The second panelist, junior sociology major Jennifer Teets, discussed how becoming a “purposeful graduate” allows a student to achieve both “self-knowledge” and “self-transcendence.” Self-knowledge means realizing and learning how to utilize one’s unique combination of skills and talents, while self-transcendence highlights gaining a desire and ability to use self-knowledge for the betterment of the community, not just for oneself. These elements of self-discovery give a long-term perspective to the purpose and goals of a graduate’s career and life. When these are realized, a vocation is found. Quoting Clydesdale’s book, she said, “a job is just a job. A vocation is who you are.”
The third and final student panelist, junior sociology major Moses Yasin, who is on a pre-med track, then discussed his personal experiences that first ignited his desire to discover his purpose and vocation.
After receiving a bad grade during the second semester of his freshman year, Yasin began to doubt that his aspirations were truly worth pursuing. However, through meaningful service as a Bonner Scholar, Yasin stopped stressing and found a sense of purpose. Community service is an example of the meaningful experiences emphasized by Clydesdale in “The Purposeful Graduate.” These experiences achieve the dual effect of positively impacting the community and, on a more personal level, reducing stress and giving participants an increased sense of purpose.
Clydesdale, who spoke next, described his book as “an invitation to conversation” to encourage college students to “take a step back and think more widely” — both on a local and global level.
Clydesdale admits that it can be difficult to get college students to start thinking and talking about what they truly want out of their education, but has found that anxiety can be a “hook” to unite students and start them thinking and talking about self-purpose.
It takes about a year for students to fully adjust to college life (the subject of Clydesdale’s previous book, “The First Year Out”), but after this first year, students may begin to think about the bigger picture, as they find themselves wondering, doubting, second guessing and saying things like, “I don’t know for sure who I want to be,” according to Clydesdale.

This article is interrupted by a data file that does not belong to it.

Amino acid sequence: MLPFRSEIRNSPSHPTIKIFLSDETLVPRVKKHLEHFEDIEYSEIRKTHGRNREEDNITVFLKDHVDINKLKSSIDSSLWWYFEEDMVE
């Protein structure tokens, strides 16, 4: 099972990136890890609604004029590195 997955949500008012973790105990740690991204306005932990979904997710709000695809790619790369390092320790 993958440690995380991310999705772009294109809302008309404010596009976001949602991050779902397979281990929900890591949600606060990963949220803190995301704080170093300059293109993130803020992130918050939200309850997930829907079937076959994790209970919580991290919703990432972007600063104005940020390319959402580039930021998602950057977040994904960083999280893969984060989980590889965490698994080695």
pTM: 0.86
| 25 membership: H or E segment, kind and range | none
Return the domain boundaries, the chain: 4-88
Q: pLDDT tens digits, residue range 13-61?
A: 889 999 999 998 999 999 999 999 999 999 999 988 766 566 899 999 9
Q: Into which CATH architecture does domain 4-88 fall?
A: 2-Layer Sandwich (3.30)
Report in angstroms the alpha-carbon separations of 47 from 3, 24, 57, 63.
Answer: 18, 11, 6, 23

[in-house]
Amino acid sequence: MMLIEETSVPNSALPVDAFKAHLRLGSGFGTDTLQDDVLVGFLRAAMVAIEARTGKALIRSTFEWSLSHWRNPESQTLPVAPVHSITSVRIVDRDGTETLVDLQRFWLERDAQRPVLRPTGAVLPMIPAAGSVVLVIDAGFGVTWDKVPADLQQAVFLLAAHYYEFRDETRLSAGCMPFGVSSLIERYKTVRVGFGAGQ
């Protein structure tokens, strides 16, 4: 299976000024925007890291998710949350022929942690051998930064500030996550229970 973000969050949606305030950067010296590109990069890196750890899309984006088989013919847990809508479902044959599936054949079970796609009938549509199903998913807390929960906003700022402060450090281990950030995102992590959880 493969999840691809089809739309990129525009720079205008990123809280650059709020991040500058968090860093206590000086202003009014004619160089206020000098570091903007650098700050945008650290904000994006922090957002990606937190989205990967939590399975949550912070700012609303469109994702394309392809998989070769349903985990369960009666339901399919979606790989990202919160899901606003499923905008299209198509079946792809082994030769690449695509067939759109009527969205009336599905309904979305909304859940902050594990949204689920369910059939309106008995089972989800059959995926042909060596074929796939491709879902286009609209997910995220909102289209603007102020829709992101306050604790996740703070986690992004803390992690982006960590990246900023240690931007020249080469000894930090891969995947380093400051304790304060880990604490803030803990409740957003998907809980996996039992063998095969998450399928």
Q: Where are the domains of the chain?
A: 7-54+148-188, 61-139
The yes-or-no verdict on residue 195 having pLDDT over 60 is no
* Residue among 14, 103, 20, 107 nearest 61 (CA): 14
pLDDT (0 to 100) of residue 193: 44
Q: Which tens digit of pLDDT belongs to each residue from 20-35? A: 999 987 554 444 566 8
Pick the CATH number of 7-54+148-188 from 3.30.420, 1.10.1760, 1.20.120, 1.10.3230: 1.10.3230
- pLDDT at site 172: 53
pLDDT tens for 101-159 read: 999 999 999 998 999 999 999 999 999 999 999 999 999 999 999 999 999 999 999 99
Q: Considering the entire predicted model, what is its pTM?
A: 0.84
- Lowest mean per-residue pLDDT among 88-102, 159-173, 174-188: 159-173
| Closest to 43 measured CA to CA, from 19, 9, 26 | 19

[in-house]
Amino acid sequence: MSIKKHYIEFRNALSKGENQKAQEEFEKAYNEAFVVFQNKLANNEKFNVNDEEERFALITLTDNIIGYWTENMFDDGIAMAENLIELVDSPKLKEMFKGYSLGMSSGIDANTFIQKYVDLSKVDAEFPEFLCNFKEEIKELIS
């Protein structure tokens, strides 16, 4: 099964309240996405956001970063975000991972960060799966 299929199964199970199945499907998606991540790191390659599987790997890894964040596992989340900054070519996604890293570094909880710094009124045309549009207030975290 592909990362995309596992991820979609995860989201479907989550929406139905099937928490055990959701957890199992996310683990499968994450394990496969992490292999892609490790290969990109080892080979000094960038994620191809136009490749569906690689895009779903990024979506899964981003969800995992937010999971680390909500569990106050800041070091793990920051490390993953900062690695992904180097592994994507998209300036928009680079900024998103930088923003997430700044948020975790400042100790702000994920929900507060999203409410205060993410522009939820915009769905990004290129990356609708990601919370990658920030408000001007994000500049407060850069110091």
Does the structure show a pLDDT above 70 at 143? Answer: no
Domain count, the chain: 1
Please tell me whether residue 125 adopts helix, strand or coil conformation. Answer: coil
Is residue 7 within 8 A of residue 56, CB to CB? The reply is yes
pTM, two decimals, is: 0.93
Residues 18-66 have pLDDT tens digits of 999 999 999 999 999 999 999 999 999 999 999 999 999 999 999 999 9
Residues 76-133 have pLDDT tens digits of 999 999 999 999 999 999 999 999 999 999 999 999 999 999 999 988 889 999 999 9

At this stage, a student may begin to gain interest in religious activities, which Clydesdale says can improve an individual’s resilience to setbacks and lead to an increased sense of purpose. This sense of religiously-inspired motivation, combined with a realization of one’s role in the community and self-transcendence, leads to what Clydesdale calls “holy grit:” a determination to lead a life lived for God and/or humankind, and the persistence to overcome obstacles that threaten to block this aspiration from being realized.
Though religious conversation is often stifled in public institutions, Clydesdale believes that people should put aside this reluctance because avoiding the subject does much more harm than embracing it.
If a college is willing to foster students’ self-discovery, it can make college a truly life-changing experience, where students can not only choose a career but, on an even higher level, learn more about who they are, and devote themselves to a vocation, explained Clydesdale.
“I’d rather see higher education steer us into the future than see it steered into the future by others,” Clydesdale said. “Higher education needs to sets its own agenda, rather than have its agenda set by politicians or customers whose only concern is cost and speed of the education, and not the quality, breadth or depth of its impact.”